The measurement method that is most suitable for your needs  will depend on how the power consumption data is going to be used. In many cases, Intel engineers use both measurement methods.   Assessing power efficiency is not always easy or straightforward.  You need to ask yourself questions such as the following:

  • Should I use the Operating System to measure power?
  • Do I need to measure overall system power?
  • How can I trace the power consumption back to an application?
  • Given a problematic application, how do I drill down to problem areas within it?

We suggest that by using both, correlating out-of band-monitoring with in-band monitoring data, you can construct a more complete picture of what is going on.   Once you have identified the culprit application(s), you can use Intel(R) VTune Amplifier XE or the Intel(R) Energy Checker SDK (mentioned below) or pyTimechart to drill down from there.

 

The following table summarizes some of the tools or capabilities currently used by Intel engineers (and for what purpose):

 
Tool What it does, the pros and cons
powertop Shows, at a high level, what your application is doing (similar to the type of output you see from 'top)'.   It is useful in identifying misbehaving programs while the computer is idle, and is very popular among Intel Linux* users
Intel(R) Vtune(tm) Amplifier XE 2013

A GUI tool, available for purchase, with support for power analysis in Linux kernels >=2.6.32.   This analysis can be done on relatively recent vintage Intel(R) Xeon(R)  systems (from 2010 or newer)  as well as several Intel(R)  based tablets and phones running Android*.   More information on whatit can measure is available here:

http://software.intel.com/en-us/articles/how-to-use-the-power-analysis-types-of-intel-vtune-amplifier-xe-2013-on-linux

Intel(R) Energy Checker An API that provides the functions required for exporting and importing counters from an application.  Through software instrumentation, it exposes metrics for the "useful work" done by an application.
Intel(R) Power Governor A utility and library that allow developers to monitor and regulate power at very fine time granularities (a few tens of milliseconds). Power monitoring and control is available for the package, core, graphics, uncore and DRAM domains.
IntelR) Performance Counter Monitor Provides sample C++ routines and utilities to estimate the internal resource utilization of the latest Intel® Xeon® and Core™ processors
turbostat  Tracks CPU frequency and C-states
ipmitool and Intel(R) Node Manager  

A combination for  sampling data out-of-band.  Both, when used together, provide a more complete picture of what is happening.  An example of how ipmitool can be used on recent Intel(R) server platforms is as follows:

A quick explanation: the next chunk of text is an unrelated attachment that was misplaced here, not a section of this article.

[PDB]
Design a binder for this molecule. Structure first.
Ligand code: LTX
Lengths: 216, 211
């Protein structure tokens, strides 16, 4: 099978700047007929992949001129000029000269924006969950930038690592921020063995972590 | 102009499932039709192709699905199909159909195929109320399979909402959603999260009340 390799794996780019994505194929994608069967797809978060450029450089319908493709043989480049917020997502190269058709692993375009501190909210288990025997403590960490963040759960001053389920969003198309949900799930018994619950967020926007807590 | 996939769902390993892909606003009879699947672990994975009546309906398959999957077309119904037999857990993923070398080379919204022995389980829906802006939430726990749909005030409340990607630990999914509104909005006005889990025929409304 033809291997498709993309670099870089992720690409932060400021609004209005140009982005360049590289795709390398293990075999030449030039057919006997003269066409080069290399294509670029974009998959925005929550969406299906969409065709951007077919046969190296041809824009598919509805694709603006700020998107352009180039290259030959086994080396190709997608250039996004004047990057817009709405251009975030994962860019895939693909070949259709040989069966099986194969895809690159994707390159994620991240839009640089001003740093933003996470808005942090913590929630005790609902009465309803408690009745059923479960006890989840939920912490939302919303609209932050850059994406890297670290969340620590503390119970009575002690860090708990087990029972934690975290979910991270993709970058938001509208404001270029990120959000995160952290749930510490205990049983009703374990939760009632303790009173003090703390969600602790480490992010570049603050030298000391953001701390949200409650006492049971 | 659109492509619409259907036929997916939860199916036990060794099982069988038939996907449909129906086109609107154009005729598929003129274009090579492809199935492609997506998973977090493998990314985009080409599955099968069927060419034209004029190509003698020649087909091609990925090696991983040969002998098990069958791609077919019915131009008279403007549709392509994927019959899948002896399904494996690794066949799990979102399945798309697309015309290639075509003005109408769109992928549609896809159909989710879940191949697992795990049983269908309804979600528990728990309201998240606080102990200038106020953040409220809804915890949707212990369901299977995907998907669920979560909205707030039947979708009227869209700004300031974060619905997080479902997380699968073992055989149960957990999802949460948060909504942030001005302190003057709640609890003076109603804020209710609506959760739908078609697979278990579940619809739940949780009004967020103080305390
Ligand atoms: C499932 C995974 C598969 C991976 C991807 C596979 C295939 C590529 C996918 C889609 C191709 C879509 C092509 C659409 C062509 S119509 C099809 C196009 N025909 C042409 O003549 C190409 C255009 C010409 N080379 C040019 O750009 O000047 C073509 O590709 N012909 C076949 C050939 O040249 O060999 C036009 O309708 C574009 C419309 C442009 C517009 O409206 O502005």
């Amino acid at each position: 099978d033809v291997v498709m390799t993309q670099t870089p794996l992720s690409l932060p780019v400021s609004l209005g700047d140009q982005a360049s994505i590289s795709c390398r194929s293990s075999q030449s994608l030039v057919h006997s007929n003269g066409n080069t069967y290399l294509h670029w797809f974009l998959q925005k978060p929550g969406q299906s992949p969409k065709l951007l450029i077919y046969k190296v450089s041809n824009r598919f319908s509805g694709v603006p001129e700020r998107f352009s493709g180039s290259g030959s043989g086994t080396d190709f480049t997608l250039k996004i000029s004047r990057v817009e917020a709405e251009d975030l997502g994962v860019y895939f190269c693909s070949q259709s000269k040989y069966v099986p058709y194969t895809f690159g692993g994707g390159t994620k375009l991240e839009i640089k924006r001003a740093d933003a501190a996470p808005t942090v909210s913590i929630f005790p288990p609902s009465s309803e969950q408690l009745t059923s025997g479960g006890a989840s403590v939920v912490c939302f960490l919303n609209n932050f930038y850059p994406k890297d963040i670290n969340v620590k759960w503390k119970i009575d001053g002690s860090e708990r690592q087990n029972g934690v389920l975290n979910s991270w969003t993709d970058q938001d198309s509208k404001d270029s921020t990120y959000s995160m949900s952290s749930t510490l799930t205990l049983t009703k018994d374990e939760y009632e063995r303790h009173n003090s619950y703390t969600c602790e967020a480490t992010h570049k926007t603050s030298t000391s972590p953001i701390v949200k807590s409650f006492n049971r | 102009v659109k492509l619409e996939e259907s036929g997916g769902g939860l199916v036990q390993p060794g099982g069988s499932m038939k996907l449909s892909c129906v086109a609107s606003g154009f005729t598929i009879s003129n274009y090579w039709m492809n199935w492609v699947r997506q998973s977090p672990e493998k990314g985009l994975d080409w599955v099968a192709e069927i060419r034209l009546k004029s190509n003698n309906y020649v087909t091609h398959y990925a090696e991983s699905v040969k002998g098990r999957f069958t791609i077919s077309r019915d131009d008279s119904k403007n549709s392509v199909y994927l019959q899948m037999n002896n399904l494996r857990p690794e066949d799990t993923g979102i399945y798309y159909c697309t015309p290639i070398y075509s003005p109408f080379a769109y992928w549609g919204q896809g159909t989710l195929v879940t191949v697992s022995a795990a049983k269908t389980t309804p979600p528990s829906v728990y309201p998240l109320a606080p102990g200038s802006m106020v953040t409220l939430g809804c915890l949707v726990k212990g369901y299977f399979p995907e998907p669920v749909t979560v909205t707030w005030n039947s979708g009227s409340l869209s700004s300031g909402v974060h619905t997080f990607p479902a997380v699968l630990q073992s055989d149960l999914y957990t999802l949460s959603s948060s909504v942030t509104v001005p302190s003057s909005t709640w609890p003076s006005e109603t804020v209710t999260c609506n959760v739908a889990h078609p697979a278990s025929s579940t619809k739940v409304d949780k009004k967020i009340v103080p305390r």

ipmitool -H ipmihost -U root -P root delloem powermonitor or ipmi-oem intelnm get-node-manager-statistics

Likwid A lightweight performance measurement tool that is useful for monitoring of multi-node HPC applications.  It allows the measurement of both memory and cache usage, as well as thread-core affinity (among other things).
Intel(R) Performance Bottleneck Analyzer  Finds and prioritizes issues impacting performance on Intel Architectures.  It detects architectural issues such as partial flag/register stalls, store fowarding, and L2 misses.   Support for Linux* based applications is limited:   see the User guide for more information
PyTimechart Allows you to  see what events are causing C-state exits.  This includes  events that are causing your system to wake up frequently (leading to higher power consumption).

 

What do you do, once you've figured out what applications may be consuming a lot of power?    

There are quite a few resources available that explain what software development practices consume more or less power.    There are some great pointers on the Lesswatts website, and in the Intel(R) Energy Efficiency Community.  In the book "Energy Aware Computing" there is an entire section dedicated to writing energy efficient software for the Data Center.  We encourage you to check those out!

The general idea is that you want to keep unnecessary 'work' to a minimum, for example, too frequent gettimeofday() calls or repeated events are a place to look.  Minimizing system calls is another:  some API's and system calls are more expensive than others.  Perform an in-depth analysis of your application to understand I/O patterns (are you experiencing cache misses a lot?), improve data localization, as well as maximize user time (over system time).  All of these factor into your application's power consumption.

We recommend that you also consult with Intel by submitting your questions to the Power Efficiency Community Forum.